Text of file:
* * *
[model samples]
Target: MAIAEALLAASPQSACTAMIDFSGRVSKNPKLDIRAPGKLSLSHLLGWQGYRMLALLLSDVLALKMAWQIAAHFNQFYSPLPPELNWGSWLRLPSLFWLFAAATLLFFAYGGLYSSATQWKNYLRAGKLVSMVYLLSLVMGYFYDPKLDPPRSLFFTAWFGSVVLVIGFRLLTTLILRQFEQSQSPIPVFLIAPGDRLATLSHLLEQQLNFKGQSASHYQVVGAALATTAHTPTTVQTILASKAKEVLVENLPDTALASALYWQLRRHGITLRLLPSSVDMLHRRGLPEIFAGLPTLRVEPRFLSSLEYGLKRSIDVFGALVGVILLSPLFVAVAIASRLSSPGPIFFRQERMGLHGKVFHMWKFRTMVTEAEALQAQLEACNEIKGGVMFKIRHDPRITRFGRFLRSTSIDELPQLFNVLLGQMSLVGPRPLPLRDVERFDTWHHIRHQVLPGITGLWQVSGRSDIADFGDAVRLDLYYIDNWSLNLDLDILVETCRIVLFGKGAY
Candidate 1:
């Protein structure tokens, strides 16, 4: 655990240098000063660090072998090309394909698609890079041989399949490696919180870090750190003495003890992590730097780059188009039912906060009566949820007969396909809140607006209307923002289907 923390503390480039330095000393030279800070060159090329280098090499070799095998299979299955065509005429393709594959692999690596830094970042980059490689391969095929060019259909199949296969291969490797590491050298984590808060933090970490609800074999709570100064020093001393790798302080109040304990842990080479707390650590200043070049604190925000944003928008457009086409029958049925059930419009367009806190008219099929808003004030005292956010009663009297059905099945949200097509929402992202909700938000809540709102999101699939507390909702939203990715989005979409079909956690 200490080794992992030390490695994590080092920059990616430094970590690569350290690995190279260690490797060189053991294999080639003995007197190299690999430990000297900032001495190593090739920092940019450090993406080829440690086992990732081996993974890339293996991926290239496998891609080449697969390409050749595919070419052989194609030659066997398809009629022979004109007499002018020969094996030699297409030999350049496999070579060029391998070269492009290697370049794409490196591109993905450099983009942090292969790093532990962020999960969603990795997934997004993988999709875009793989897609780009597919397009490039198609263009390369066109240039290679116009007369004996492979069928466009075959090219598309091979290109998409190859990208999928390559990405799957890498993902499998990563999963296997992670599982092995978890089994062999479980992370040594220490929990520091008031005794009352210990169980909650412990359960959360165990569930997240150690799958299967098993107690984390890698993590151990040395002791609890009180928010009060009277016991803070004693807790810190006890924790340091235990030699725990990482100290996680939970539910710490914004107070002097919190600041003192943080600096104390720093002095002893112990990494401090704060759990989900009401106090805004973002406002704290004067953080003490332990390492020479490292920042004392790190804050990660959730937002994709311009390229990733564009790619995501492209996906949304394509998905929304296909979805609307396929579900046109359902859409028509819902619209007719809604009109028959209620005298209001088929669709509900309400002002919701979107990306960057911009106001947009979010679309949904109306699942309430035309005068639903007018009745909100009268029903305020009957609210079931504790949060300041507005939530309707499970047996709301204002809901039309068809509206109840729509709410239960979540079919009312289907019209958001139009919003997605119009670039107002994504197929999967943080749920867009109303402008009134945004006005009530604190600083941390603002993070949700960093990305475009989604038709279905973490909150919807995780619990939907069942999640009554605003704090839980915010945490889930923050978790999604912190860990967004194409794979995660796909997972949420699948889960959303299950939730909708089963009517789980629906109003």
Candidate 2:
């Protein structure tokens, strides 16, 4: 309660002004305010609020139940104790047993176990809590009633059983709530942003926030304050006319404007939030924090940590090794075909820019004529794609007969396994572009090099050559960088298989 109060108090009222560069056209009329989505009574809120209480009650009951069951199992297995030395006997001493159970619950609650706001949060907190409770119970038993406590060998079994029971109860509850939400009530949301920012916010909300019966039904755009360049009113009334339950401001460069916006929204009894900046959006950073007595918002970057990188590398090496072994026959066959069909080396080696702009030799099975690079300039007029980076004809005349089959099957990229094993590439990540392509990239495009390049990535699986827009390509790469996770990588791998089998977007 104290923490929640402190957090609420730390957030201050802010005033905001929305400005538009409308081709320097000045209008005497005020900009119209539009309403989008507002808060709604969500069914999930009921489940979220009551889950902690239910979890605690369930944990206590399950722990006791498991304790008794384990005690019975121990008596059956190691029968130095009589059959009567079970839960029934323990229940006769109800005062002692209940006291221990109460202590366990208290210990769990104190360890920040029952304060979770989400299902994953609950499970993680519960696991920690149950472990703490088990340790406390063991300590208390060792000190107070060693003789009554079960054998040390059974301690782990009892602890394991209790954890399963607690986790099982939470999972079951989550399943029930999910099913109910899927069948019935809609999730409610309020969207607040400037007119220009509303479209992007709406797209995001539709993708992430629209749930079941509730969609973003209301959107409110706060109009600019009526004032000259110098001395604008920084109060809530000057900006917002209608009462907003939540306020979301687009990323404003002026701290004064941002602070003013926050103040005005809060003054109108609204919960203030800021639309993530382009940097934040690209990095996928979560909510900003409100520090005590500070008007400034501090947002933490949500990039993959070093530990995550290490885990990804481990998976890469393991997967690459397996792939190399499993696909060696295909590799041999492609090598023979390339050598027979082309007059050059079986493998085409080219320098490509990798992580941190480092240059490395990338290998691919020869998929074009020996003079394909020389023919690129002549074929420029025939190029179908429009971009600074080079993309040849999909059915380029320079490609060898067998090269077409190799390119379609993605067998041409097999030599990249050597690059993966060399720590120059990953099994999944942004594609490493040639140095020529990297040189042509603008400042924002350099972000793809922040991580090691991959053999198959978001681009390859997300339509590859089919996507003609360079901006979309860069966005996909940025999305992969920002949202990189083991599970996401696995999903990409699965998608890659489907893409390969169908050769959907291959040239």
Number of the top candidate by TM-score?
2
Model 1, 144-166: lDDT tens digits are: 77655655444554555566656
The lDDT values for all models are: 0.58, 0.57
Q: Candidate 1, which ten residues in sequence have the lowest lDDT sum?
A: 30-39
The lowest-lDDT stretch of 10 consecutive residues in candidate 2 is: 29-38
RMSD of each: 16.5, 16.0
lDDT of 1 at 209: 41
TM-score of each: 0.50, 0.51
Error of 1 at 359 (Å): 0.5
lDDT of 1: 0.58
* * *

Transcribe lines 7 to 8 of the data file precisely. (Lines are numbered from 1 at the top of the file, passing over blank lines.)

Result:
Number of the top candidate by TM-score?
2